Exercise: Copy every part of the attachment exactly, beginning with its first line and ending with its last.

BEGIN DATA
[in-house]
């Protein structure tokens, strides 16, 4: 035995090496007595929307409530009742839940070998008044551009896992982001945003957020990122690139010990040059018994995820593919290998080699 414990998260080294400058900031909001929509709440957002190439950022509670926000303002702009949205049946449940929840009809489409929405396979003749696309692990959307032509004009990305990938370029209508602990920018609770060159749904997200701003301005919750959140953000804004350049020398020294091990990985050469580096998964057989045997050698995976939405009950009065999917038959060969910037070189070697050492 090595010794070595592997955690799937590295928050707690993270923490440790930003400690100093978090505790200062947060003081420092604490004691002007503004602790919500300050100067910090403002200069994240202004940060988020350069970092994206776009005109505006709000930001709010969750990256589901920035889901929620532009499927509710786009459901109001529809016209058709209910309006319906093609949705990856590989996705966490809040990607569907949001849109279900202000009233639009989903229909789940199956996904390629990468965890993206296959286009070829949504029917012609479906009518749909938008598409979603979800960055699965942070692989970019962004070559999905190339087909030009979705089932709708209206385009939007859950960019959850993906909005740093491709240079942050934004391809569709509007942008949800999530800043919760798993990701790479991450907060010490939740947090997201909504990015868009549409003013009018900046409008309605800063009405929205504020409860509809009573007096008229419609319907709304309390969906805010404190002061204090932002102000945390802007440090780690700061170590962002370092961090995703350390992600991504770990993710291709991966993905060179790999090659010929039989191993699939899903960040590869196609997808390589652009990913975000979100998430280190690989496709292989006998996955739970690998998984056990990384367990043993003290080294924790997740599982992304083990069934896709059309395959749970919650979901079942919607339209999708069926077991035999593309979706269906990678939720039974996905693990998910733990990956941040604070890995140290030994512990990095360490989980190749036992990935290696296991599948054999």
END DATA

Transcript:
[in-house]
């Protein structure tokens, strides 16, 4: 035995090496007595929307409530009742839940070998008044551009896992982001945003957020990122690139010990040059018994995820593919290998080699 414990998260080294400058900031909001929509709440957002190439950022509670926000303002702009949205049946449940929840009809489409929405396979003749696309692990959307032509004009990305990938370029209508602990920018609770060159749904997200701003301005919750959140953000804004350049020398020294091990990985050469580096998964057989045997050698995976939405009950009065999917038959060969910037070189070697050492 090595010794070595592997955690799937590295928050707690993270923490440790930003400690100093978090505790200062947060003081420092604490004691002007503004602790919500300050100067910090403002200069994240202004940060988020350069970092994206776009005109505006709000930001709010969750990256589901920035889901929620532009499927509710786009459901109001529809016209058709209910309006319906093609949705990856590989996705966490809040990607569907949001849109279900202000009233639009989903229909789940199956996904390629990468965890993206296959286009070829949504029917012609479906009518749909938008598409979603979800960055699965942070692989970019962004070559999905190339087909030009979705089932709708209206385009939007859950960019959850993906909005740093491709240079942050934004391809569709509007942008949800999530800043919760798993990701790479991450907060010490939740947090997201909504990015868009549409003013009018900046409008309605800063009405929205504020409860509809009573007096008229419609319907709304309390969906805010404190002061204090932002102000945390802007440090780690700061170590962002370092961090995703350390992600991504770990993710291709991966993905060179790999090659010929039989191993699939899903960040590869196609997808390589652009990913975000979100998430280190690989496709292989006998996955739970690998998984056990990384367990043993003290080294924790997740599982992304083990069934896709059309395959749970919650979901079942919607339209999708069926077991035999593309979706269906990678939720039974996905693990998910733990990956941040604070890995140290030994512990990095360490989980190749036992990935290696296991599948054999």